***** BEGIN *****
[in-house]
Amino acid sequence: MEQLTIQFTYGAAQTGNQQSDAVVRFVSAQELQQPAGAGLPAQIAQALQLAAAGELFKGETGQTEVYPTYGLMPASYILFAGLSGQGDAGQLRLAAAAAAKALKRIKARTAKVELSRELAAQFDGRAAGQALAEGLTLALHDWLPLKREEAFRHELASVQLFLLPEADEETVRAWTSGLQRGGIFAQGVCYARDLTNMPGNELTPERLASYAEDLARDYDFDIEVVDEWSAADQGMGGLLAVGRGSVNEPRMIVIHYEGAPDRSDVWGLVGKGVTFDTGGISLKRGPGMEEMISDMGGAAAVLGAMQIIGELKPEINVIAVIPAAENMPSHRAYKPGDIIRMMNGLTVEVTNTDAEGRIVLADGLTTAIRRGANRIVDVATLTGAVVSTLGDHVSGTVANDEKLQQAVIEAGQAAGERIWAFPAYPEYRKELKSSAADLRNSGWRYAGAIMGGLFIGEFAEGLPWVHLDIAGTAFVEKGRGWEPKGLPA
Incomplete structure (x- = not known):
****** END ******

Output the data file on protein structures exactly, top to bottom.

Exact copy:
[in-house]
Amino acid sequence: MEQLTIQFTYGAAQTGNQQSDAVVRFVSAQELQQPAGAGLPAQIAQALQLAAAGELFKGETGQTEVYPTYGLMPASYILFAGLSGQGDAGQLRLAAAAAAKALKRIKARTAKVELSRELAAQFDGRAAGQALAEGLTLALHDWLPLKREEAFRHELASVQLFLLPEADEETVRAWTSGLQRGGIFAQGVCYARDLTNMPGNELTPERLASYAEDLARDYDFDIEVVDEWSAADQGMGGLLAVGRGSVNEPRMIVIHYEGAPDRSDVWGLVGKGVTFDTGGISLKRGPGMEEMISDMGGAAAVLGAMQIIGELKPEINVIAVIPAAENMPSHRAYKPGDIIRMMNGLTVEVTNTDAEGRIVLADGLTTAIRRGANRIVDVATLTGAVVSTLGDHVSGTVANDEKLQQAVIEAGQAAGERIWAFPAYPEYRKELKSSAADLRNSGWRYAGAIMGGLFIGEFAEGLPWVHLDIAGTAFVEKGRGWEPKGLPA
Incomplete structure (x- = not known):